Researchers have developed a method for producing strong plastic materials by tweaking the chemical structure of superglue.
Communal meals to break fast can mean lots of single-use plastics. A switch to environmentally friendly principles is in line with Islamic principles through the ages.
Many marine animals, birds and fish are ingesting plastic. New research identifies the first named health effect from it.
Pam Longobardi collects and documents ocean plastic waste and transforms it into public art and photography. Her work makes statements about consumption, globalism and conservation.
Alternative food containers, such as those made of bioplastics, are being promoted as a way to reduce our exposure to plastic in food. But there is still a lack of knowledge around their impacts.
How to make England’s new ban a success.
Product standards have real power. We could use them to reduce waste at every part of the plastic lifecycle.
Billions of face masks and other personal protective equipment have been used throughout the pandemic. Containing plastic, these items are damaging wildlife and their environments.
UV absorbents and industrial antioxidants are used in many household goods to protect them from UV radiation. They can have an adverse impact on ecosystems.
Making it easier for people to refill containers is key to slowing the tide of packaging waste.
It’s important to look at the whole value chain in the plastics economy, starting with design of products that can be reused and recycled.
The plastic industry uses powerful tactics to convince us it’s not that bad, but in reality many of their green solutions aren’t working.
Placing plastic straws, a life sustaining accessibility tool, under the same restrictions for sale as tobacco products is overly harsh, and detrimental to the dignity and inclusion of disabled people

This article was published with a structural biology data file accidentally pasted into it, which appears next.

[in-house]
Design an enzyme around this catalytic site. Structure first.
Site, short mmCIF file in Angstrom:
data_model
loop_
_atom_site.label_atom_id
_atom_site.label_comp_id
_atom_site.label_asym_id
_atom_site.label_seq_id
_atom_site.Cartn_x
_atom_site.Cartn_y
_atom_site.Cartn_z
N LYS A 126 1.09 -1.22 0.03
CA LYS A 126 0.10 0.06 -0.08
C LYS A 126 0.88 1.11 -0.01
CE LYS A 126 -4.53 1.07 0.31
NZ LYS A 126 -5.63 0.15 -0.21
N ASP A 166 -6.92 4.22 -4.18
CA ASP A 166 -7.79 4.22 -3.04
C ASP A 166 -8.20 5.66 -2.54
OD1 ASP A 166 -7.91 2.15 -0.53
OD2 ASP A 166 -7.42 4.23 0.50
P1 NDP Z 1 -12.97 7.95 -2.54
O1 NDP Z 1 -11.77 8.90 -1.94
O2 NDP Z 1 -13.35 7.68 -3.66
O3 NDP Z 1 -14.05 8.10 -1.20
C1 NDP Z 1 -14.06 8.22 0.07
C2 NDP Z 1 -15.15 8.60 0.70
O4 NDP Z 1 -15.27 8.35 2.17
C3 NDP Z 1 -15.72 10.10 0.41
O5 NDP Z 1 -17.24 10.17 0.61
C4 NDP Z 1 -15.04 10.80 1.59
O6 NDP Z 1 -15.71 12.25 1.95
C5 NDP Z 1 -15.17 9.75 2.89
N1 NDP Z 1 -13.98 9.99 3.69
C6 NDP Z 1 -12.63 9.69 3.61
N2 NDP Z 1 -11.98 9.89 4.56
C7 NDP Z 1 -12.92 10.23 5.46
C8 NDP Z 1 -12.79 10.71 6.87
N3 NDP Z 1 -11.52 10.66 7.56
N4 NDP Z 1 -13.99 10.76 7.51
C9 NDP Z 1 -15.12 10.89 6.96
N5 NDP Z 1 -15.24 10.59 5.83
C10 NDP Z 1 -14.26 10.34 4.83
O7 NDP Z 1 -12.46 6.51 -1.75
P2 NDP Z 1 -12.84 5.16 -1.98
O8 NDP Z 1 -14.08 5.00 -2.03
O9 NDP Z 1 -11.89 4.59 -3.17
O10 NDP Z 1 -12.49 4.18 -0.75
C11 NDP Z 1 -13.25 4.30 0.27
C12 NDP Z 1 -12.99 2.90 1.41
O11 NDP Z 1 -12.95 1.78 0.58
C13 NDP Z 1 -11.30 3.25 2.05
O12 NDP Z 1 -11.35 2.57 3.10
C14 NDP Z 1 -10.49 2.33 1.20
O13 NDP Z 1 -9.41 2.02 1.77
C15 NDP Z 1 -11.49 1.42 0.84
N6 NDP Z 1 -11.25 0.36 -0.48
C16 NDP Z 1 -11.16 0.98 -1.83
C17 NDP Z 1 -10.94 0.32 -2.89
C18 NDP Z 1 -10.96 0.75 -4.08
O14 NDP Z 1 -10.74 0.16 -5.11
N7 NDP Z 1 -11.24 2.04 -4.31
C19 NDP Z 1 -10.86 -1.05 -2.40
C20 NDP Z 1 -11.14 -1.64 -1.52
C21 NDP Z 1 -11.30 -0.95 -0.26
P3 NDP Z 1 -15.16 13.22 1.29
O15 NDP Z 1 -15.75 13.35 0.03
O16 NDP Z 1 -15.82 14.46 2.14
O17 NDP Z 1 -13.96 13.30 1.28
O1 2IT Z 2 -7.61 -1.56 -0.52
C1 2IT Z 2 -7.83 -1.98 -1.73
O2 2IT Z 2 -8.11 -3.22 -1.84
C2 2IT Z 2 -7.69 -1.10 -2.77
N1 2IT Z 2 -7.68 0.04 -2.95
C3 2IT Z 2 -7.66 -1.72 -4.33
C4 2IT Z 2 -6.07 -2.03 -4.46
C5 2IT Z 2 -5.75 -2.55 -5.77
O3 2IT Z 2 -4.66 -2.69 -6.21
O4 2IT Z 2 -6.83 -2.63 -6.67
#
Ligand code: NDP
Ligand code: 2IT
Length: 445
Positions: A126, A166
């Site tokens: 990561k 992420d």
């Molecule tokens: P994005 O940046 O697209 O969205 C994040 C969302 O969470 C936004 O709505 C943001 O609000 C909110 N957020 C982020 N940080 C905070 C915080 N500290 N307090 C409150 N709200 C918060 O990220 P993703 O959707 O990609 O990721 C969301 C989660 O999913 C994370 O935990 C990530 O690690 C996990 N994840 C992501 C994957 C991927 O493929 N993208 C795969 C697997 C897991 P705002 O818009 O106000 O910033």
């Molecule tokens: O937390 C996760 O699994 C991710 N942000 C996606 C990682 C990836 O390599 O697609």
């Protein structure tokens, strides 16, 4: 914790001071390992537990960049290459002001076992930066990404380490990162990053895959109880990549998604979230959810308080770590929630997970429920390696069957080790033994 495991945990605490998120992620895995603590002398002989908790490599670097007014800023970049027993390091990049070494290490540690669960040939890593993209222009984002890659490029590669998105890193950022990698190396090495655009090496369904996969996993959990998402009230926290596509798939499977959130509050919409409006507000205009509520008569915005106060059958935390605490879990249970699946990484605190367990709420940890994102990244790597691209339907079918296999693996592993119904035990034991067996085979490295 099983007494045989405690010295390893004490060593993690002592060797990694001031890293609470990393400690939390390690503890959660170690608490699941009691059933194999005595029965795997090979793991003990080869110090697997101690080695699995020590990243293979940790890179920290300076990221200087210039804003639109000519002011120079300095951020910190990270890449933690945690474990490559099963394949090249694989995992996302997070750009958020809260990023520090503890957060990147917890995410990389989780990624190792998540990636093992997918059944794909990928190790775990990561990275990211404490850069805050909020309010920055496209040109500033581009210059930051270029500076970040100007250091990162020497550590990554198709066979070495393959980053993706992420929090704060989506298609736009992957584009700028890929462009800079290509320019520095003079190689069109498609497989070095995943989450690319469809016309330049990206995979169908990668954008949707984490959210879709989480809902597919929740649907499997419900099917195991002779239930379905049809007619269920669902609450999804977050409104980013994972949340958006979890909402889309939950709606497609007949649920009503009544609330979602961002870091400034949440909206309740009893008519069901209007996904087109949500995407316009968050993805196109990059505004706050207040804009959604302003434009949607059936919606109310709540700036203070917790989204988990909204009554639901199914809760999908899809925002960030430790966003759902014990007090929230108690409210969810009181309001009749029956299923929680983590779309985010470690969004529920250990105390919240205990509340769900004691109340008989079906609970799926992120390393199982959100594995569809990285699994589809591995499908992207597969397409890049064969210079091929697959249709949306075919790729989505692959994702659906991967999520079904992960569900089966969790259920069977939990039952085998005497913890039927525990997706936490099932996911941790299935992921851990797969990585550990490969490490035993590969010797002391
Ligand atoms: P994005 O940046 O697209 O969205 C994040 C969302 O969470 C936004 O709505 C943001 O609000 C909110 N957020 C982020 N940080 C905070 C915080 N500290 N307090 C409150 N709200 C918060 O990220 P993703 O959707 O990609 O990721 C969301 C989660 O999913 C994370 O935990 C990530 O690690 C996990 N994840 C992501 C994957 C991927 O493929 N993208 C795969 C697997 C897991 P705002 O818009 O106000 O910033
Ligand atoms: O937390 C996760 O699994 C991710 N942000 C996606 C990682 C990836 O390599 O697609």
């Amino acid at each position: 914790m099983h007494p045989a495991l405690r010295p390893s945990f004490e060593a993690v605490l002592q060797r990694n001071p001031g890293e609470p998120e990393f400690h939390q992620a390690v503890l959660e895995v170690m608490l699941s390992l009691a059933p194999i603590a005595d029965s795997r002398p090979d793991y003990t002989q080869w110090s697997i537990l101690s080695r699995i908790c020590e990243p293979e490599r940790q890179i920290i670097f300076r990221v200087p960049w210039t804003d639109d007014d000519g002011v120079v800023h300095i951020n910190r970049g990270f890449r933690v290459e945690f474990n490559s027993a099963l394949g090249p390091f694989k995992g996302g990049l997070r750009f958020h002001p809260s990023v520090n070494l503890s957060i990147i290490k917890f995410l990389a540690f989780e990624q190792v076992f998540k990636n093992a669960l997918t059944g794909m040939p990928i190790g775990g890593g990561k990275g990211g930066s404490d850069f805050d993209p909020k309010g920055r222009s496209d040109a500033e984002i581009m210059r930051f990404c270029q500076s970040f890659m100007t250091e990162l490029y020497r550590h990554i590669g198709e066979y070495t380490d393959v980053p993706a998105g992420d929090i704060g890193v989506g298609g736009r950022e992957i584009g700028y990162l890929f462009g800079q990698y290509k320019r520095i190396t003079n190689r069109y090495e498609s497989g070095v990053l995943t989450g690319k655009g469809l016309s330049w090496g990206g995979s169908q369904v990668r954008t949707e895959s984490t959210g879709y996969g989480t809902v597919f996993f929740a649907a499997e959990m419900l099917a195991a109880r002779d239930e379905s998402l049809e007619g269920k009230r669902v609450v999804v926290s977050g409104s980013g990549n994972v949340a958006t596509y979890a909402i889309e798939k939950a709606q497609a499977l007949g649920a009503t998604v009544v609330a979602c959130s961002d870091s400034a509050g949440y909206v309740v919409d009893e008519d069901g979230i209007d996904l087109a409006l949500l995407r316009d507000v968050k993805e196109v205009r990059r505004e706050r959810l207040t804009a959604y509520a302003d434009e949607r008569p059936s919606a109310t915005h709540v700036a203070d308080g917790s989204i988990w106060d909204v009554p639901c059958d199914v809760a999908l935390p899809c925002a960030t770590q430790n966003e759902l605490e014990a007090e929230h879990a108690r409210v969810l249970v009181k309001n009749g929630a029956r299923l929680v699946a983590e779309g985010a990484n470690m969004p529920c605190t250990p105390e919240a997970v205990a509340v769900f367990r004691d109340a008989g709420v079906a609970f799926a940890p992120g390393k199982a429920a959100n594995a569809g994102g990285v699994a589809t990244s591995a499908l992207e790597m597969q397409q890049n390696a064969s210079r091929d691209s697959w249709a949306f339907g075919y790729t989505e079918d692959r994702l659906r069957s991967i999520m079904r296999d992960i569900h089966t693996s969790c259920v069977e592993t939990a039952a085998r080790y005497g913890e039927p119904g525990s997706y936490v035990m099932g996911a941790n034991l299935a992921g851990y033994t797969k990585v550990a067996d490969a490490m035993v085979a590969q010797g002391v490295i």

We need to advance our understanding of the effects of microplastics on aquatic ecosystems, especially on small animals at the base of food webs that might be ingesting more of these particles.
The US Environmental Protection Agency is reexamining the health effects of bisphenol A. A chemist explains why BPA is in plastics and why it’s hard to find a safe replacement.
Due to increasing concerns over the health hazards posed by BPA, the Food and Drug Administration plans to reevaluate the safety of the controversial chemical for use in everyday products.
Plastic is made from oil and natural gas, which started out as fossilized plant and animal material. But buried deep underground for millions of years, those materials changed in important ways.
Biodegradable plastics have great potential to replace problematic plastics that don’t break down. But we, and the environment, need greater clarity on how to dispose of them.
There is abundant evidence of the involvement of endocrine disruptors in reproductive dysfunction in several species, including humans.
A global treaty on plastic pollution must incentivize a take-make-reuse waste management system and include quantitative targets based on geography-specific emissions.